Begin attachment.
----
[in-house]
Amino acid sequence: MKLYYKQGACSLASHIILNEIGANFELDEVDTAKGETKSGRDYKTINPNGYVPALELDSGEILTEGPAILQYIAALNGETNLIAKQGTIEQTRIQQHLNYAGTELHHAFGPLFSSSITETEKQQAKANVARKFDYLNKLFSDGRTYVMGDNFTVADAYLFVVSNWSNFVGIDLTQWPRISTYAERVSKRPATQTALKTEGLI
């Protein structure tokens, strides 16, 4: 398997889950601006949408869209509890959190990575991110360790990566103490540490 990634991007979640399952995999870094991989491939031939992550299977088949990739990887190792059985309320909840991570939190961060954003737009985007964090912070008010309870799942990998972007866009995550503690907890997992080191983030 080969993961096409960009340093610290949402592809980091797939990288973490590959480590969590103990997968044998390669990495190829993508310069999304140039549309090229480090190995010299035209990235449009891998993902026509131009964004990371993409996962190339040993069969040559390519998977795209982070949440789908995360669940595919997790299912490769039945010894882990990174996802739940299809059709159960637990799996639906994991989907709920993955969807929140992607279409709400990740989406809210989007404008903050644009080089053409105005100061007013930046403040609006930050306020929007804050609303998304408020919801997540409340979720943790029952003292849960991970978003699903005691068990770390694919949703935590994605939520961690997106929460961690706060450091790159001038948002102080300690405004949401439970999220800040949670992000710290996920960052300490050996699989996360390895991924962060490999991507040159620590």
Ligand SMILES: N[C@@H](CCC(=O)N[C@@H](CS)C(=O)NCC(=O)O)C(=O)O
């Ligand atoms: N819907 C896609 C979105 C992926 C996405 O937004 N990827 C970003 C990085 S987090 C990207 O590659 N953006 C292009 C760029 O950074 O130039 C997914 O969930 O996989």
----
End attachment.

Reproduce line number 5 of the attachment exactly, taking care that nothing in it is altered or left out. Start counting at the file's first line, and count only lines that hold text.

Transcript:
């Ligand atoms: N819907 C896609 C979105 C992926 C996405 O937004 N990827 C970003 C990085 S987090 C990207 O590659 N953006 C292009 C760029 O950074 O130039 C997914 O969930 O996989």